Double Flame Job – Cornhole Board

We’ve been told that we pretty much paint anything, well, here is something, I’ve never painted…a cornhole board.

Yep, I got me a cornhole board!  I didn’t want your average printed/clearcoat version so of course I decided to do my own ‘flamed’ version.
I picked it up from St Pete Cornhole (Jon’s a great guy), it was all raw wood. I went ahead and did some minor bodywork to smooth out some knots etc and  primed it. Then I prepped it and sprayed it in a paint that I’ve had for about 10 years now. We called up to see how much it was a pint, and one of the pearl toners is no longer available. So this makes this project even special and unique.

I sprayed some black sealer, some of the black pearl base, then the midcoat which is basically a paint that has a lot of sparkle to it and it also has some color shift to it.  It’s actually a ‘color shift’ paint that changes from a green to a brown/copper color. One the extreme side view it has a blue tint.  Then I clearcoated it.
Once it dried, I resanded it, laid out the first set of flames, added a pinstripe. then I sprayed a dusting of the same midcoat over the black.  This really gives it a great look out in the sun!

I decided to add an extra step of airbrushed drop-shadows. Basically drop shadows are airbrushed on with a transparent black that will give the illusion that the flames are hovering over the base. Giving it more or less a 3D look at certain angles. You can see quite a few flames jobs in our Gallery that I’ve added drop shadows to them. Really gives a nice 3D look.  Once the shadows were done, then I clearcoated it once again.

I let it dry, resanded it, now I’m ready for the second set of flames.  Basically when you do an overlaying/intertwining, you have to pretty much ignore the first flame job. It can be quite confusing for a noob.  As you can see, I pretty much did the layout the same on both boards for both flame jobs. So they look VERY close to each other! I didn’t have to do this…but I did.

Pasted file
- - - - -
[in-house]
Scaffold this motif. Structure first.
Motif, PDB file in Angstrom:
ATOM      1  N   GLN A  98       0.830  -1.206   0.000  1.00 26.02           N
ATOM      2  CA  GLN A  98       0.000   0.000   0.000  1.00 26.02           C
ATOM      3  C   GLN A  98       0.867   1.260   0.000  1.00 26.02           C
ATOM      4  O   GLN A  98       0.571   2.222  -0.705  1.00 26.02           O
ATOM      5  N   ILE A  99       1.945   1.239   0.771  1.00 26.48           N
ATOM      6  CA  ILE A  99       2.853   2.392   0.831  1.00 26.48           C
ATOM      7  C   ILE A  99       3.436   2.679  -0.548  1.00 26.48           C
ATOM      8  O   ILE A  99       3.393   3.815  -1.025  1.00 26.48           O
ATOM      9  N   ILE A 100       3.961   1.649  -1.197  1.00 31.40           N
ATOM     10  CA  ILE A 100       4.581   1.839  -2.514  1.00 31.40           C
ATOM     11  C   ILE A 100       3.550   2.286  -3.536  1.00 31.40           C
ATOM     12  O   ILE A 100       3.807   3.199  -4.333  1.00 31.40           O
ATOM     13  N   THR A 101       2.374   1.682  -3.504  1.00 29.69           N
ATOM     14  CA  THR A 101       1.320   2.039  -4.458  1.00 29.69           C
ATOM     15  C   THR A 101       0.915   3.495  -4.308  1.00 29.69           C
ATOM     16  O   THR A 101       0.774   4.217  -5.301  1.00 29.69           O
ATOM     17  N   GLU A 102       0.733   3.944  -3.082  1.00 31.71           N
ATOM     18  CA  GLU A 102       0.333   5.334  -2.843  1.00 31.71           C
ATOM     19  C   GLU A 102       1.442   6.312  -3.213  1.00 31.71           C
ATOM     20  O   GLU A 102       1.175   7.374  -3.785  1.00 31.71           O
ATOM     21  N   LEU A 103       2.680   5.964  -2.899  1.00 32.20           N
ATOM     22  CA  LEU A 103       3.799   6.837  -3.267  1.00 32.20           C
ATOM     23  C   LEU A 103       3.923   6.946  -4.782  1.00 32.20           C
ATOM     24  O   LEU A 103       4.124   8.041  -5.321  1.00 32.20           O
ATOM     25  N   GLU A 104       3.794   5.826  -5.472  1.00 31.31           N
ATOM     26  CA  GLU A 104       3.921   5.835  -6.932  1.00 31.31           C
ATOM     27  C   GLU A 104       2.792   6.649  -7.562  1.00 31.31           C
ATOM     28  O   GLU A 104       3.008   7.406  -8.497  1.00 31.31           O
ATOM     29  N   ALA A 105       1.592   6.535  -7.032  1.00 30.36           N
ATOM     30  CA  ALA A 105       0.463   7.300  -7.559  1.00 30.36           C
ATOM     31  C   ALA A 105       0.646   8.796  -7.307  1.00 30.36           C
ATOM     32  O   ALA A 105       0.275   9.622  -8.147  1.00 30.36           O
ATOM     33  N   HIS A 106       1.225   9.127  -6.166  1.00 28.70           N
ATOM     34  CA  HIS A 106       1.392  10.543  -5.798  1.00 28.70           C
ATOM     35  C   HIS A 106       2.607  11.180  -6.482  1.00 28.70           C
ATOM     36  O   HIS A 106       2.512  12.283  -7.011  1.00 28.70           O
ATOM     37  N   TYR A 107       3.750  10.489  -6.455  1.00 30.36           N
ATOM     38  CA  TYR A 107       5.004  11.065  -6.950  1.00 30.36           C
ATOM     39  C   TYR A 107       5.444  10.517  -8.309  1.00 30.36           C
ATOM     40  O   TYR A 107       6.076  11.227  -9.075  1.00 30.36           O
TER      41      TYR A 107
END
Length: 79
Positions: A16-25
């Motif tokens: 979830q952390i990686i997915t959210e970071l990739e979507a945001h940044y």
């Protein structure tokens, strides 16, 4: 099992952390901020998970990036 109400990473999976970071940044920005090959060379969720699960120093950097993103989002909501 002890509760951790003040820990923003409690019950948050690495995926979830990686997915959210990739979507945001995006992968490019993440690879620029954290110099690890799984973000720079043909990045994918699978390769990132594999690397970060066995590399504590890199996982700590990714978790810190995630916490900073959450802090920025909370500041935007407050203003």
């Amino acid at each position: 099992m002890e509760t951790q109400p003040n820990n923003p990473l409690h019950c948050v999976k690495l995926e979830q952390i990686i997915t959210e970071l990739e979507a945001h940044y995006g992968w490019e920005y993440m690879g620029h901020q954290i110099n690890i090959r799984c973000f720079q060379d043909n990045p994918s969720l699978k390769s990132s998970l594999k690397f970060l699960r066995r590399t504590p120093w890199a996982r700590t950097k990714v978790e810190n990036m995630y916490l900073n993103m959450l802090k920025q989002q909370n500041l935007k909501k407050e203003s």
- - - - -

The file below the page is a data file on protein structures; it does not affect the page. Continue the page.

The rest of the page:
The second flame job was airbrushed which consists of a silver to green HOK paint. This also have a great amount of sparkle. You certainly can’t let this sit in the airbrush long as it will settle quickly on you. Then it clogs up the airbrush as the pearl flakes are bigger than normal.

Remove all the masking tape and Wahlah! double flame jobs.  If you look close you’ll see where I did a few licks so they ‘intertwine’ with the other flame job. It makes it so one of the flame jobs goes under the other flame job. I call this “intertwining” flames. Overlaying is of course where one flame job is laying over the second flame job.  In between each coat of clear I added an extra coat of the pearl just to give it more depth.

Overall, I probably have about $350 in materials alone. If you didn’t have the materials in stock, you’d be looking at about $800 in materials…..so I’m lucky to have these in stock 😊

I took it back to Jon at St Pete Cornhole and he put it together along with adding some LED’s around the hole for night play

I’m almost afraid of throwing some 16oz bags at it…well not really.  We’ll have some great fun with this!

For process and finish pics, click here

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